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Rising (I Hope)

So here I sit.
I think I have everything I need.
I have this beautiful L-shaped desk, strategically placed by my living room window. When in writing spells, I have a habit of staring to my right. I don't know why, but I figured if I was going to look to the right, I might as well look at something. So now, sometimes in the same day, I can choose between a thundering rainstorm or a beautiful, cloudy blue sky that makes me homesick.
Directly ahead of me is the TV. Right now, it's an episode of Law & Order: SVU, one of my favorite shows, but an episode I've seen to death. I take refuge in routine and continuity. Either that or I just need the noise. Sometimes I mute the TV and retreat into my iTunes, soon to be Windows Media Player.
I have a Twitter account with over twenty followers now, I have a fair amount of MySpace friends, and I'm starting to become more active on Facebook. I'm up on a lot of technology-related news (Yahoo needs to bend over and take it, because by force or otherwise, it's gonna happen.) and I even have a Samsung Alias phone that I use to monitor all my accounts when I'm offline. It's got this neat little feature that allows it to flip up two ways. It makes me feel cool when I text.

Yes, I have everything I need. I'm much smarter than I was ten years ago.
This is not my first attempt at building a multimedia business. Rather, it's my fifth, I think.
All the lessons I learned along the way are being applied now. I know what I'm good at, I know what I suck at. I know that my heart lies in the creative process. One day, I would like to turn the business over and focus on making story-based games and animated movies. I understand the tremendous workload I'm taking upon myself, trying to go my own way instead of seeking publishing help. This drive pours from two faucets; one, I'm the most anti-authority, rebellious sumbitch you may ever meet, and two, as cliche as this sounds, I don't want some accountant fucking up my vision to fit a market I'm not trying to reach. Hell, it pisses me off that people I used to get into fights with because of my passion for gaming are now first in line for Grand Theft Auto.

But yes, I've learned my lessons.
I don't work with a whole group of inexperienced volunteers right now. Instead, I work with one creative firebrand who shares my passion for more emphasis on plot in various genres of gaming. We spend our spare time inspiring one another, when I'm not using the poor kid as a sounding board. The stories he has bely his age (he's a wizard in a teenagers body), and we work together putting our (mostly mine, for now) ideas on paper. I don't hire people until I actually need them.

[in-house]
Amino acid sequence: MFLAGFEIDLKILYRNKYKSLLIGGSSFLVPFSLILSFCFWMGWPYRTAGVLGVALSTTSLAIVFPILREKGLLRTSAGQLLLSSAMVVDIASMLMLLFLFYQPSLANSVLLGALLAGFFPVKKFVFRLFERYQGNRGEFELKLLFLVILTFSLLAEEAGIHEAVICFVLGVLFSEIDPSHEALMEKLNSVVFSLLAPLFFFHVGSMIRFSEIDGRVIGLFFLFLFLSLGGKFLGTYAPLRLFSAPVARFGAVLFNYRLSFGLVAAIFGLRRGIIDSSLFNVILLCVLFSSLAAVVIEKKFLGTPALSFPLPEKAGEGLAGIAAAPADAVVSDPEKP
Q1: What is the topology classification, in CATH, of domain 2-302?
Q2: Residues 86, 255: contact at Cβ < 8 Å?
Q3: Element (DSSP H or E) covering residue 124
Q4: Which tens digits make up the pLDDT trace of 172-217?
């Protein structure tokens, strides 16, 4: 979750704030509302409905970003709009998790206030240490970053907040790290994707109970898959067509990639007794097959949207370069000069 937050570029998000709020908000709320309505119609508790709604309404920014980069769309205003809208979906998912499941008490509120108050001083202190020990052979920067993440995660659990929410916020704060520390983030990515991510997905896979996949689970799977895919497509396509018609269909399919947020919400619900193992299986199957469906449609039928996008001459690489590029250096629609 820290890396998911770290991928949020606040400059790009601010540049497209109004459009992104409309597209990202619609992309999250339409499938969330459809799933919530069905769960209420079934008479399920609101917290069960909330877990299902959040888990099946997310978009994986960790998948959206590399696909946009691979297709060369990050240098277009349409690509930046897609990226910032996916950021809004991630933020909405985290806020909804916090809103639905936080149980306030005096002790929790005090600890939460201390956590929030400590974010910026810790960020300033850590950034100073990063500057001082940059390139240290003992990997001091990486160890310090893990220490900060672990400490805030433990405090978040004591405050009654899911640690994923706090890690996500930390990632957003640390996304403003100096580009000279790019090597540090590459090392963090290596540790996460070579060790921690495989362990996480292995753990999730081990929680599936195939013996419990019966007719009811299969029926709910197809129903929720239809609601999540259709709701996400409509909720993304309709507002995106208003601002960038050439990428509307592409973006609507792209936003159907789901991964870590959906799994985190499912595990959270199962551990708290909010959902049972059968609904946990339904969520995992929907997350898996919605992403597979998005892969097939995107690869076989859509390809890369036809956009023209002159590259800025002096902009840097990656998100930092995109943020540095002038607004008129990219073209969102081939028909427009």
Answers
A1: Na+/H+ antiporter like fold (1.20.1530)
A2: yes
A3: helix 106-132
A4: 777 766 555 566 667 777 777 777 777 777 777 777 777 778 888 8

I don't work from my yahoo address anymore. I invested money and registered my own domain at

I'm not trying to change the world on my first game, if I'm talented enough to assemble a first game. Instead of trying to go broke making the next big AAA title, I'm using a business model that allows the creation of small, casual, cheap titles that can be assembled quickly and picked up or put down easily. We demonstrate an ability to complete a title, we'll get our chance to change the world.

Right now, it's hard work, but I asked for it. I spend my spare time going between the feature-length film script, editing the completed script for a contest I plan to enter, outlining the story for the mega-game I want to do, planning the smaller game I need to do, or focus on how much it's gonna cost me to build the websites. It's a full time job in and of itself.

But this is what I want, and I wouldn't have it any other way. I'm not naive enough to go boasting that Modern Magic Enterprises is gonna be the next EA or anything like that, but I'm confident enough to say that having picked up the lessons I have thus far, being patient, diligent, and following the right course of action will get me to where I want to be.

So here's hoping.


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